Aisha Buhari’s push for female VP may raise dust

By Obah Sylva (Abuja) and Gabriel Omonhinmin (Lagos)

President Muhamadu Buhari’s wife, Hajia Aisha, is apparently not on the same page with him over her insistence on a female Vice President emerging from the 2023 general elections The Trumpet gathered.

The First Lady is urging political parties and aspirants to consider having women as running mates for candidates at all levels in the elections as part of her drive for the emancipation of women in politics.

However, President Buhari will most likely go along with his 2party’s eventual plan for a running mate to its standard bearer for the presidential poll. No strong or even serious female presidential aspirant has indicated interest in the ruling All Progressives Congress (APC) that could eventually be considered as a running mate to its presidential candidate

Also, her demand for a female vice president might not sit well with northern Nigeria’s conservatively orthodox Islamic establishment whose interpretation of the religion limits women’s participation in politics and leadership.

Like her husband, Aisha Buhari has not openly backed any of the APC’s presidential aspirants for any indication of which camp or campaign a running mate will emerge from.

But Aisha has maintained that it was “high time women were adopted as running mates at all levels considering their voting strength and active involvement in political processes.”

Aisha made this call while playing host to presidential aspirants from various political parties at a Ramadan (Iftar) breakfast at the State House, Abuja.

“As we approach the 2023 election with greater hope, I am confident that Nigeria will continue to grow from strength to strength on the pedestal of our democratic tenets,” she said.

“As we approach the 2023 election with greater hope, I am confident that Nigeria will continue to grow from strength to strength on the pedestal of our democratic tenets,” she added.

APC national leader, Bola Tinubu, Governor Dave Umahi of Ebonyi, Minister of Labour Employment, Chris Ngige, and Governor Bala Muhammed were among the presidential aspirants who honoured the invitation of the First Lady.

Buhari also seemingly has a different view of women’s participation in politics.

He had in Germany responded to a BBC interview where his wife also seemingly questioned his leadership ability and claims that her husband does not know 45 out of 50 persons appointed in his government.

The President sarcastically responded: “I don’t know which party my wife belongs to, but she belongs to my kitchen and my living room and the other room.”

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Buhari’s comment went viral on the internet and made big headlines in almost all the major newspapers in the country.

The President’s body language has constantly pointed in the direction of conservatism in terms of women’s participation in politics. From the outset, he refused to recognise the office of the First Lady. He rather prefers to call it “Office of the wife of the President.”

His stance on women holding vital public offices frustrated Aisha who wanted a functional office as First Lady. Probably her inability to cope forced her to relocate to Dubai, where she flew from to meet with the presidential aspirants.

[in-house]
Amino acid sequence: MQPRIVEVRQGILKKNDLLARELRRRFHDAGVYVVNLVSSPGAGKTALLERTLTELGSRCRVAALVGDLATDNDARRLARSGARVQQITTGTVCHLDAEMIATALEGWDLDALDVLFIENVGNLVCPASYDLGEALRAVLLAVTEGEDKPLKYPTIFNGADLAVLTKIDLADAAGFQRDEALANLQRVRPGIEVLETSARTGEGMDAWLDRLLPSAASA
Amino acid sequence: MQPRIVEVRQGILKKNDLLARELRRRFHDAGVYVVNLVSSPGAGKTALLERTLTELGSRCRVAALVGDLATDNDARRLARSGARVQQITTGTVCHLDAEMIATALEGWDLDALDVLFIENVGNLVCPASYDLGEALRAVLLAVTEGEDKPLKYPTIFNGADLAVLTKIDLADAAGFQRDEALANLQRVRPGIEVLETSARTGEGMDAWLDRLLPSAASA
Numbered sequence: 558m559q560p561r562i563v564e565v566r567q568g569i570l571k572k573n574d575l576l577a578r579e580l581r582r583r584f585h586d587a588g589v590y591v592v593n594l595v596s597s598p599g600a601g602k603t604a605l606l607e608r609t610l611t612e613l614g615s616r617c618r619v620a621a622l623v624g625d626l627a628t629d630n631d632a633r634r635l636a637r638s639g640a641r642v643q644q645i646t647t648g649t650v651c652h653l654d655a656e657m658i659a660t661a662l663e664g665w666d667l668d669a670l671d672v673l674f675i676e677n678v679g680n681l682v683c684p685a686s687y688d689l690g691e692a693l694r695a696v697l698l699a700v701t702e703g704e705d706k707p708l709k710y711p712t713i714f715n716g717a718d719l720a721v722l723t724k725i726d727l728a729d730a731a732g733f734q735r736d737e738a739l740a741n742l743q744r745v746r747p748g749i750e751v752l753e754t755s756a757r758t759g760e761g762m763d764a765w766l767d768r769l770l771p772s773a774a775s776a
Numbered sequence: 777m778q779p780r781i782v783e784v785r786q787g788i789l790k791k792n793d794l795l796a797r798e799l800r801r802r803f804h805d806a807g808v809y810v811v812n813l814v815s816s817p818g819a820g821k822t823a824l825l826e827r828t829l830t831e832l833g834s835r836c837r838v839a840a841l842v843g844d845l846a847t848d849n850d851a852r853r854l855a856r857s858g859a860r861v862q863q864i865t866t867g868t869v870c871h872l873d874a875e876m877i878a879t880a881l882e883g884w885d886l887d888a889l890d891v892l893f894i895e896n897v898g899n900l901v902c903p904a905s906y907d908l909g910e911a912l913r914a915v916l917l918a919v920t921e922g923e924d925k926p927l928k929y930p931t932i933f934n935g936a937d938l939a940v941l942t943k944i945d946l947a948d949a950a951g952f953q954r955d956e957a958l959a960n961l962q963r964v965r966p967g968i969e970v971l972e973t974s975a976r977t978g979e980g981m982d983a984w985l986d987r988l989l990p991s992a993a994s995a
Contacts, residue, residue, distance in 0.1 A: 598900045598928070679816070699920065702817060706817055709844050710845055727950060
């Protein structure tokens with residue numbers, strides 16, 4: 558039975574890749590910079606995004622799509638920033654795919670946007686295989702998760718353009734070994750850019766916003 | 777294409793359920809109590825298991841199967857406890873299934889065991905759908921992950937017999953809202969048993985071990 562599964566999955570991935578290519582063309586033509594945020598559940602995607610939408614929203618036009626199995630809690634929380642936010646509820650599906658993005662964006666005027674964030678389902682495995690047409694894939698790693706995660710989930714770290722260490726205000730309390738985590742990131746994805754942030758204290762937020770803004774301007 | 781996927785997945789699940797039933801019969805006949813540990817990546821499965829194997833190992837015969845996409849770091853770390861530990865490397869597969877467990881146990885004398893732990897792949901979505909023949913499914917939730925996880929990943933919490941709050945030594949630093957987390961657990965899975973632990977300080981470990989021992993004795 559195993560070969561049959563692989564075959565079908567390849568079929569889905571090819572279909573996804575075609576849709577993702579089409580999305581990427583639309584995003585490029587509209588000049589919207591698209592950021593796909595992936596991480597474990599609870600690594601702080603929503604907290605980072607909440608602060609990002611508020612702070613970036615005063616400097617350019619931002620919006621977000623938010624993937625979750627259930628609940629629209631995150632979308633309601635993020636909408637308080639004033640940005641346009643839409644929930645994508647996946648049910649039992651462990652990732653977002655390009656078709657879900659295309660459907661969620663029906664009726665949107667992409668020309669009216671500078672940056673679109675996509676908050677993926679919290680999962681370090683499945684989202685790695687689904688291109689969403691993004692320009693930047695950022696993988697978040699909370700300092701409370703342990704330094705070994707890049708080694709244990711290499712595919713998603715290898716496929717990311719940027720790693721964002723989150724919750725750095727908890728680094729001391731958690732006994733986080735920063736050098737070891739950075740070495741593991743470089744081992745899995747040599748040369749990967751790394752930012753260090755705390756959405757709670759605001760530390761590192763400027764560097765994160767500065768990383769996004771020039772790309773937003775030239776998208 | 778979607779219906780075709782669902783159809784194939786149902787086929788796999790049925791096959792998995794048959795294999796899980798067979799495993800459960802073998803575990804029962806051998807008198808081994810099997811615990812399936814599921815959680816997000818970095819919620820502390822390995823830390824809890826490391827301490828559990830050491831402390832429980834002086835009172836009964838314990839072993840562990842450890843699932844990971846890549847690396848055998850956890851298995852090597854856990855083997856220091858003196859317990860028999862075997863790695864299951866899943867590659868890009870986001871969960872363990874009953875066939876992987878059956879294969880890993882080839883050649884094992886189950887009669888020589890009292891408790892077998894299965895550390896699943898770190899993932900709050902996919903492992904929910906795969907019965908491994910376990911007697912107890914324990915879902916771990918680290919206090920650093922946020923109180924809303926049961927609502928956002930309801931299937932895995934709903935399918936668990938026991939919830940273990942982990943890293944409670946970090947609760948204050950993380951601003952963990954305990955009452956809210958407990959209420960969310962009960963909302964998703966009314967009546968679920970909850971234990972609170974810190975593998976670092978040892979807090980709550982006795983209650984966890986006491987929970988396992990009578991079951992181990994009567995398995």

Meanwhile, an Abujabased Islamic scholar and cleric, Ustadh Abu Jabir Abdullah Musa Abdul (Penabdul), has said that the Holy Qu’ran especially the Hadith forbids women from aspiring to positions like the office of the Vice-president (VP) of a country, where they would hold ‘General or Absolute’ powers.

According to him, “positions like the office of the V.P. will place such women in a position where they can order the deployment of troops and other members of the country’s Armed Forces. This type of power which is ‘general or absolute power’ Islam forbids and frowns at.

“The caveat, however, is that women in Islam, can aspire to the pinnacle of their various professions in life as professionals. The positions they could aspire to could be State Governors, Ministers, Director of industries, Directors of Ministries, Directors of Government Parastatals, agencies and banks. Women could also be chief executives of Industries, banks and other commercial ventures.

“There is no dispute among the scholars that one of the conditions of the Imam or leader is that he should be male. Ibn Hazam reported in his book Maratib al-Ijma’ that there was scholarly consensus on this point. In the section he says: “Out of all groups of the people of the Qiblah [i.e., all Muslim sects], there is not one that allows the leadership of women.”

The evidence for this is the general meaning of the ayah: “Men are the protectors and maintainers of women because Allah has made one of them to excel more than the other.” (al-Nisa 4:34].

“It is also clearly indicated by the hadith of Abu Bakrah who said that when the Prophet (peace and blessings of Allah be upon him) heard that the Persians had appointed the daughter of Chosroes as their queen, he said, ‘No people who appoint a woman as their leader will ever prosper.” (Reported by al-Bukhari, 13/53).

Another Islamic cleric, Alhaji Tajudeen Adigun, disagrees with this position, saying the Holy Qu’ran is expressly clear about positions. Allah, he maintained, is the one that gives power to whosoever he pleases and as such if a woman gets any position, it was only possible because God allowed it.

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